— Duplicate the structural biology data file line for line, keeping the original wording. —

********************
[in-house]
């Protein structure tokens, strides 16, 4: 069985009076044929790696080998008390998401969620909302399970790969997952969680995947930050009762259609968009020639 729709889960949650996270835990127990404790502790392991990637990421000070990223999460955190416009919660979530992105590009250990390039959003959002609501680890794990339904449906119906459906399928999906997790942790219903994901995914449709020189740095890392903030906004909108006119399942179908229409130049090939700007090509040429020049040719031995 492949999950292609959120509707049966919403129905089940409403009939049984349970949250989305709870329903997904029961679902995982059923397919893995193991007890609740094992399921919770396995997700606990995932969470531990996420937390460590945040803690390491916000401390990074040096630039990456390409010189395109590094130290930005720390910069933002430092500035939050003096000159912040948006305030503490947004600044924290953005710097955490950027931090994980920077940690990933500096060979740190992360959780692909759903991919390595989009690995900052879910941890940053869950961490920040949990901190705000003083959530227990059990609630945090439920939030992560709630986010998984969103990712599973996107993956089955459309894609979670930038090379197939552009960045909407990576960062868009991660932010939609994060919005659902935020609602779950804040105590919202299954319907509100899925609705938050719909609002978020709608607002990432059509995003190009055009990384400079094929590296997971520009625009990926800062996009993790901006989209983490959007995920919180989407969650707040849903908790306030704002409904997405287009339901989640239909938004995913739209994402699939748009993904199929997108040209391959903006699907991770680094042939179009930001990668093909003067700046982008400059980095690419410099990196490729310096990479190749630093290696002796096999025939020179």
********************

[in-house]
């Protein structure tokens, strides 16, 4: 069985009076044929790696080998008390998401969620909302399970790969997952969680995947930050009762259609968009020639 729709889960949650996270835990127990404790502790392991990637990421000070990223999460955190416009919660979530992105590009250990390039959003959002609501680890794990339904449906119906459906399928999906997790942790219903994901995914449709020189740095890392903030906004909108006119399942179908229409130049090939700007090509040429020049040719031995 492949999950292609959120509707049966919403129905089940409403009939049984349970949250989305709870329903997904029961679902995982059923397919893995193991007890609740094992399921919770396995997700606990995932969470531990996420937390460590945040803690390491916000401390990074040096630039990456390409010189395109590094130290930005720390910069933002430092500035939050003096000159912040948006305030503490947004600044924290953005710097955490950027931090994980920077940690990933500096060979740190992360959780692909759903991919390595989009690995900052879910941890940053869950961490920040949990901190705000003083959530227990059990609630945090439920939030992560709630986010998984969103990712599973996107993956089955459309894609979670930038090379197939552009960045909407990576960062868009991660932010939609994060919005659902935020609602779950804040105590919202299954319907509100899925609705938050719909609002978020709608607002990432059509995003190009055009990384400079094929590296997971520009625009990926800062996009993790901006989209983490959007995920919180989407969650707040849903908790306030704002409904997405287009339901989640239909938004995913739209994402699939748009993904199929997108040209391959903006699907991770680094042939179009930001990668093909003067700046982008400059980095690419410099990196490729310096990479190749630093290696002796096999025939020179």